STAR provides scientific validation for P.A. 103-0494 because all STAR applicants are providing the Department with accurate metrics of performance. Scores are converted to a STAR rating of 1 to 5 STARs, with 5 STARs indicating commitment to a suite of practices proven to improve soil health and water quality.
"Working in partnership with state STAR Affiliates and their producers, state agencies, conservation districts, universities, non-profits and other conservation focused entities, STAR has the potential to cost-effectively impact a majority of production acres in the US," said STAR Executive Director Caroline Wade. "The standardized STAR framework provides producers, investors, and supply chain partners a clear roadmap for increasing conservation outcomes and evaluating progress. By providing producers a straightforward entry into conservation practice adoption and an easy on ramp to in new value-driven programs and opportunities, STAR can then bridge the gap between producers' perceptions of sustainability and the many outcomes-based market programs and supply chain initiatives."
"The Illinois Environmental Council is proud to stand with the Illinois Department of Agriculture and Governor's Office in celebrating the passage and implementation of SB 1701, said Eliot Clay, IEC's Land Use Programs Director. "It's great to see the administration taking a tested, science-backed approach to wisely aligning resources invested in improving the soil health and water quality we need to make progress on our 2025 NLRS goals. We look forward to the work ahead and hope this is a major step in Illinois becoming a national leader in regenerative, responsible agriculture production."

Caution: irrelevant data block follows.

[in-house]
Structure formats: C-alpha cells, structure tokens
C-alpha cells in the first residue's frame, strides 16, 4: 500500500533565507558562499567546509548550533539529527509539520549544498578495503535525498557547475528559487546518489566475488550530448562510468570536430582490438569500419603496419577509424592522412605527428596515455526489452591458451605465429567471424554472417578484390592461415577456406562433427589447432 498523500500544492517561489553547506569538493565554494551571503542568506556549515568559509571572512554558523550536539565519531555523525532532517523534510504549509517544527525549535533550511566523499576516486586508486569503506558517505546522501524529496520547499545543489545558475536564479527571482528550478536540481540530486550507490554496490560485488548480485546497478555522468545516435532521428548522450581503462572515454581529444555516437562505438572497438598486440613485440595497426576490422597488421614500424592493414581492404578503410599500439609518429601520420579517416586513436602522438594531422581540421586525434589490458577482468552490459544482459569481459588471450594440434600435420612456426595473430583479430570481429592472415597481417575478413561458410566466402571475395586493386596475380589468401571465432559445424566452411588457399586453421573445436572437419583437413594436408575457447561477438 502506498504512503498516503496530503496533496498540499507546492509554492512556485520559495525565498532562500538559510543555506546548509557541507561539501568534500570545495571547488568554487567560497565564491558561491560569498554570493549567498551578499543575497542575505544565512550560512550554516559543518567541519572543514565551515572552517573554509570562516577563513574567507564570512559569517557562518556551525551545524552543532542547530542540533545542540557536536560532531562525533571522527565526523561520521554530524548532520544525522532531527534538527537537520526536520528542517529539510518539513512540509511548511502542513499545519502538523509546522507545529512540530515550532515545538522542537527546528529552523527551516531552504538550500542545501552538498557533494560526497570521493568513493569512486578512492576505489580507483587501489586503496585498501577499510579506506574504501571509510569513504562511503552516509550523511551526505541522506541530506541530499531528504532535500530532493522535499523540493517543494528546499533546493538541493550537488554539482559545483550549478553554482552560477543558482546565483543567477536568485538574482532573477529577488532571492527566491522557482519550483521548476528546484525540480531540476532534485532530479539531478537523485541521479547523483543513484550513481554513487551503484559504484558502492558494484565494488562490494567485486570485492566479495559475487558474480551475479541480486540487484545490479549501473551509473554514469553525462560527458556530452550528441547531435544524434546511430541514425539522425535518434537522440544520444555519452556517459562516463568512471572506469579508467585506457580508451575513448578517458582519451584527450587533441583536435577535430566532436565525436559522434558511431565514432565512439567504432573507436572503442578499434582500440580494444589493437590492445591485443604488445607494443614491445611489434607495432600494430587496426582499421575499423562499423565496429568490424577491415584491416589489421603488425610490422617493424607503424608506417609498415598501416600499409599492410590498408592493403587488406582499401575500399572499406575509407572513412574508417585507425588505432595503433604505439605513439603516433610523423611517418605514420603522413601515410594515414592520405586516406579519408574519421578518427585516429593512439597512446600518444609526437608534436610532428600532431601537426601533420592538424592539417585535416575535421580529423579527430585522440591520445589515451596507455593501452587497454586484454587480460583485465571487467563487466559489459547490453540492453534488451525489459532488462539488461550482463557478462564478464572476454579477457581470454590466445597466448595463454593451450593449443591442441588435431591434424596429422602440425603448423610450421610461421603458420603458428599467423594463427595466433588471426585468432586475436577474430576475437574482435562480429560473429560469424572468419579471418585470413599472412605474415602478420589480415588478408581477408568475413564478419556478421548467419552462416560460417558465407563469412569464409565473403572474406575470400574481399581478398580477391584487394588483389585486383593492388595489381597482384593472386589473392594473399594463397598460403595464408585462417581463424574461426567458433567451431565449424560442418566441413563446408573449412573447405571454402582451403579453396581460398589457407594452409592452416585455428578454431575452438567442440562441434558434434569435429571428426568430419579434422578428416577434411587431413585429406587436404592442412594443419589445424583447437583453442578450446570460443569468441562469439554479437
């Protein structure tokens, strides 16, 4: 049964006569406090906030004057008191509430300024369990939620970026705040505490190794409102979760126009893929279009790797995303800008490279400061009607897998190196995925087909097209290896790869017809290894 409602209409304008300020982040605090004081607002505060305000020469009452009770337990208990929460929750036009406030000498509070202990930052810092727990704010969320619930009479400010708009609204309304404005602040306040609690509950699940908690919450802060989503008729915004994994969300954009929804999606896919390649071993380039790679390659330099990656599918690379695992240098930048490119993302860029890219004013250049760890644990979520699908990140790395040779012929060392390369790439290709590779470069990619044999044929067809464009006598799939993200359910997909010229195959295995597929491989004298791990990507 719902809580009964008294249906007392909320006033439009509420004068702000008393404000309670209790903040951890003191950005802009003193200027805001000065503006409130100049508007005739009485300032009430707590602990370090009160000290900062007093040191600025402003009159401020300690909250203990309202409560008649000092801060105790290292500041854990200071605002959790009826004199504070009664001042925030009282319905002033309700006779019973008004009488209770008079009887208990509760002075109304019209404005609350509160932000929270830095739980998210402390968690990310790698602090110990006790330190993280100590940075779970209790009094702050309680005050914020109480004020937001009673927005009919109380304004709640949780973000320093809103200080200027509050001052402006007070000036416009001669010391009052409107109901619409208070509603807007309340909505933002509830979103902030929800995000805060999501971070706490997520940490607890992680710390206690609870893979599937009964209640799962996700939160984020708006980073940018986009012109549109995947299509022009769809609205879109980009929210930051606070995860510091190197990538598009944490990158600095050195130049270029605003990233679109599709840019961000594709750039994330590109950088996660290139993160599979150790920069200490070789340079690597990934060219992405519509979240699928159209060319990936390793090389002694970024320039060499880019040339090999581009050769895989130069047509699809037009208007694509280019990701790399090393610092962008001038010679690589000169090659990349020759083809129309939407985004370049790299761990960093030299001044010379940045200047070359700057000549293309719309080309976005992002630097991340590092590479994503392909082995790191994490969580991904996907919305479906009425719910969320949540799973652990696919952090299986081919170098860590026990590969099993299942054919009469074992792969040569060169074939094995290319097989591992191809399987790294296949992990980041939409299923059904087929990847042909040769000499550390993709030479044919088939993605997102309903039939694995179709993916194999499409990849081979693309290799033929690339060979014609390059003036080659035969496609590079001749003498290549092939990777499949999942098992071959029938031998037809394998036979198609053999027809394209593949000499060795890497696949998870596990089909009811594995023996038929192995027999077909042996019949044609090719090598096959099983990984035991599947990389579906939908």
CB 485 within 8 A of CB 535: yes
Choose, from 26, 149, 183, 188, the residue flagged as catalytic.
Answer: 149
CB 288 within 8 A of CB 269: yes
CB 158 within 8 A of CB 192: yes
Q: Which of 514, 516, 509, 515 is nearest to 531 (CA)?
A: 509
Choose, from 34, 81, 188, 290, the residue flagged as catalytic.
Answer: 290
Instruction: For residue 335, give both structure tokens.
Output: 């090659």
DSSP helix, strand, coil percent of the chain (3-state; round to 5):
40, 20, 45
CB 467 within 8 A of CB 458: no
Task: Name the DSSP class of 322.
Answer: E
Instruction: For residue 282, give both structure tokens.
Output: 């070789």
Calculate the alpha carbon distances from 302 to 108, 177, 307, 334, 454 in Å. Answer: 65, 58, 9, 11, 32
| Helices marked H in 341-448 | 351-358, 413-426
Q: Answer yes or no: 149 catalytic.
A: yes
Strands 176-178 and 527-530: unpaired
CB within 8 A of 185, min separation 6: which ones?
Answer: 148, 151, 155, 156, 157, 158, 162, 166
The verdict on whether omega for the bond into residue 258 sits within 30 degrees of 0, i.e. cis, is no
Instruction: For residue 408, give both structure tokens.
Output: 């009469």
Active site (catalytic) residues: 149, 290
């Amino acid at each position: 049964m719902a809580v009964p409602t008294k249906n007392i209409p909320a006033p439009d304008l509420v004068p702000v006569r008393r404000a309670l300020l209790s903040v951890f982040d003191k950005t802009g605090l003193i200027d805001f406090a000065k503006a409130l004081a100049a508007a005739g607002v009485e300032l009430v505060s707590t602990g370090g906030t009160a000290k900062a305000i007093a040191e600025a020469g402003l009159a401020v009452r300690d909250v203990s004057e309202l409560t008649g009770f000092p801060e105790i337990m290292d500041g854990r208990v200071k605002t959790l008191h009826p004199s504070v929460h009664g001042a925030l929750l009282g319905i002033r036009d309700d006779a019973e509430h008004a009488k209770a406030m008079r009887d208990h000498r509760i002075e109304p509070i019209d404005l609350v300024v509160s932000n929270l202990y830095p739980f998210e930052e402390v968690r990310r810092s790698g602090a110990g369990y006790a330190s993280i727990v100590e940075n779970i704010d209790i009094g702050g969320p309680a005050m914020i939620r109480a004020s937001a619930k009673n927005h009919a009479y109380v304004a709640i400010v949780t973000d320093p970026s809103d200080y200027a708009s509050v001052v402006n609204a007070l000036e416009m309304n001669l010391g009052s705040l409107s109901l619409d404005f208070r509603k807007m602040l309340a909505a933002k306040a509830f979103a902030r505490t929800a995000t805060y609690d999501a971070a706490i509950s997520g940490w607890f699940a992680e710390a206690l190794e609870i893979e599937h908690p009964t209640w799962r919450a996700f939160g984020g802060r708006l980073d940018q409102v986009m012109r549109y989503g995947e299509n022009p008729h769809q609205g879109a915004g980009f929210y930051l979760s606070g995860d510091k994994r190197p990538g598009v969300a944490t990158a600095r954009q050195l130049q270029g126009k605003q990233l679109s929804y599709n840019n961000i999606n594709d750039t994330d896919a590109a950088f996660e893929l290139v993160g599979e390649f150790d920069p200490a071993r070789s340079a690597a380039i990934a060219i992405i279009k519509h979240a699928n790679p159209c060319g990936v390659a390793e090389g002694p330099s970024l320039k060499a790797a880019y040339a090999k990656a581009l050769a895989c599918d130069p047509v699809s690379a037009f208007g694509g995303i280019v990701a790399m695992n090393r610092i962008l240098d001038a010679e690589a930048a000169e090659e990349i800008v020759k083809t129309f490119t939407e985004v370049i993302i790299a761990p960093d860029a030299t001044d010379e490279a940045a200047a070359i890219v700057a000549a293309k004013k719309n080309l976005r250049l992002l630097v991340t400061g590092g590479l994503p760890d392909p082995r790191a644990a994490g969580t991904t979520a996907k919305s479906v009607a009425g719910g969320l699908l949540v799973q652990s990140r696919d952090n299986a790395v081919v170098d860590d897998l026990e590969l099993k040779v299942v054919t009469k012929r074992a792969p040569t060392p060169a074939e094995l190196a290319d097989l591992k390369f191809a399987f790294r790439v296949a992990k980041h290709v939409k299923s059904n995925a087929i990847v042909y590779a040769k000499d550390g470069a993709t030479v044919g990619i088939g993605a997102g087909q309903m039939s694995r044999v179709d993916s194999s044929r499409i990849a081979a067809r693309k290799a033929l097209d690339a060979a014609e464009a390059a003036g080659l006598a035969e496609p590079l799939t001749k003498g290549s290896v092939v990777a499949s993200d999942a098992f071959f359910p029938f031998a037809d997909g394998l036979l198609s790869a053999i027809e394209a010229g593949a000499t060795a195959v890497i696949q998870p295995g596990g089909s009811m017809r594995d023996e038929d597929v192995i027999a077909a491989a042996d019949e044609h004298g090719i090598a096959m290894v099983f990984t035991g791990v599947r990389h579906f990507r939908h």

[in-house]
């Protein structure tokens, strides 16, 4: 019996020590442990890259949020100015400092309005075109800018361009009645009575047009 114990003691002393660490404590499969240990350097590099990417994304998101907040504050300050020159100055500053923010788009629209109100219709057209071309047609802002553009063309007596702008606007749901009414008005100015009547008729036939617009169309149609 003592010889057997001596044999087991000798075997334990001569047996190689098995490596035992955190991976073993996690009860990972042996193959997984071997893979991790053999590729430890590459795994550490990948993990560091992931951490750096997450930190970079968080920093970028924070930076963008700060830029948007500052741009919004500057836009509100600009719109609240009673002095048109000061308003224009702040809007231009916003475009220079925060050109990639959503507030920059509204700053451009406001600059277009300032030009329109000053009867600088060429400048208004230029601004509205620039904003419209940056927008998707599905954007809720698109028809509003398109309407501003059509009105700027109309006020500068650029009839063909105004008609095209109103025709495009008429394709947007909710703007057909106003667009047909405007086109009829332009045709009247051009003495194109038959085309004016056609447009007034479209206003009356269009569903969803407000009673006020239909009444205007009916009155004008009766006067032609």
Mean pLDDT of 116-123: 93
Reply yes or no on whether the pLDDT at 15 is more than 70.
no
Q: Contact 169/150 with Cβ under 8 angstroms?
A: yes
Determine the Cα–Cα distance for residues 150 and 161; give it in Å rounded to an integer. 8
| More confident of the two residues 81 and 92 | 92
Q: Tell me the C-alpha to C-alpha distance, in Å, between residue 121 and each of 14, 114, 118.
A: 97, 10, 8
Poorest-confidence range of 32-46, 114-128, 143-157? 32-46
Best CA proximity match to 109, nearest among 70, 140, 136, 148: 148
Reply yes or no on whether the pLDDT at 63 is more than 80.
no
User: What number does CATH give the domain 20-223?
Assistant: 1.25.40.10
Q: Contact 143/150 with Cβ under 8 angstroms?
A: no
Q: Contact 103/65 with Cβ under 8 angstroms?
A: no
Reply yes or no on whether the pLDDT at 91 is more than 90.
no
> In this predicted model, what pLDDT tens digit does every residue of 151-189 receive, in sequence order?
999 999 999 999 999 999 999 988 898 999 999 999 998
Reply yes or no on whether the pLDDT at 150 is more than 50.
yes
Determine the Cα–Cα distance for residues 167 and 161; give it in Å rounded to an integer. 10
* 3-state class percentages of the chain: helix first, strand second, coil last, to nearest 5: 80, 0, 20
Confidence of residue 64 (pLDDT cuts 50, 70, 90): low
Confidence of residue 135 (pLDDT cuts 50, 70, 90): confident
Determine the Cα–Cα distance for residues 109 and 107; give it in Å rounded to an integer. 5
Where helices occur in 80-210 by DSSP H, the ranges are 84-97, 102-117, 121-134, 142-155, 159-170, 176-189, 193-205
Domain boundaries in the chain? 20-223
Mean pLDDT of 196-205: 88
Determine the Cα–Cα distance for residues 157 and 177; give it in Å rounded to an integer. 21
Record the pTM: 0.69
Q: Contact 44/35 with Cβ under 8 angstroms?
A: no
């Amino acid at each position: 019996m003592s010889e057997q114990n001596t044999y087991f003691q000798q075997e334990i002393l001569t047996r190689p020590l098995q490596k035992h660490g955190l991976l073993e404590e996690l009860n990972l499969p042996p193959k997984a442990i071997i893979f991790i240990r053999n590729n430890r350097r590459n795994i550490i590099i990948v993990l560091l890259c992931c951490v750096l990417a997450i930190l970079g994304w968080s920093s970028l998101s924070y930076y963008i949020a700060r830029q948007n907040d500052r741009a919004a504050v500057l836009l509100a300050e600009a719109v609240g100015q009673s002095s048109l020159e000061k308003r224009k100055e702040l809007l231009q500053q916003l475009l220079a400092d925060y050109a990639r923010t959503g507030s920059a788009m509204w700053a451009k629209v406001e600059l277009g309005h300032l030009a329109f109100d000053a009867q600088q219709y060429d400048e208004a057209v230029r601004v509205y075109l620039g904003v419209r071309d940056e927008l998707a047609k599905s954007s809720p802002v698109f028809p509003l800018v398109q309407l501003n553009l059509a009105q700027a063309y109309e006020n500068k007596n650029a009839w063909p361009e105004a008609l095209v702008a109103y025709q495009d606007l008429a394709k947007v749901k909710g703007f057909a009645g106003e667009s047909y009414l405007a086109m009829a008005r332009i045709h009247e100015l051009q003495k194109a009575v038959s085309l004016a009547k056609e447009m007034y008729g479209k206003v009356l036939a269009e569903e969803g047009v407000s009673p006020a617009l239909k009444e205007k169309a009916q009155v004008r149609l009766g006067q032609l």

"We are very supportive of the quick effort by Governor Pritzker, Director Costello, and the Department of Agriculture to implement the new law. P.A. 103-0494 allows federal funds to be leveraged, to continue pursing our shared goals for conservation, while providing more direction on soil health duties to SWCDs," said Rich Guebert, President of Illinois Farm Bureau. "It is exciting to know that the hard work that all the parties who worked on this new law is coming to fruition. Our goal has always been to bring forward successful conservation practices to reduce nutrient losses in a voluntary manner."
"With the implementation of SB 1701, the state of Illinois is taking a major step forward in protecting the health of our soil and preventing nutrient losses," said State Senator Ram Villivalam (D-Chicago). "I was honored to sponsor this initiative in the Illinois Senate with the collaboration of the Illinois Healthy Soil and Waters Coalition and the Illinois Department of Agriculture as this issue is essential to farmers, environmentalists, and every community in our state."
"Agriculture is far and away Illinois' largest industry, with over 75% of our state's land area under cultivation," said State Rep. Michael Kelly (D - Chicago). "That's why a program to ensure we keep our soil rich and fertile is so important. The STAR initiative will help keep Illinois agriculture a source of prosperity and enrichment for generations to come."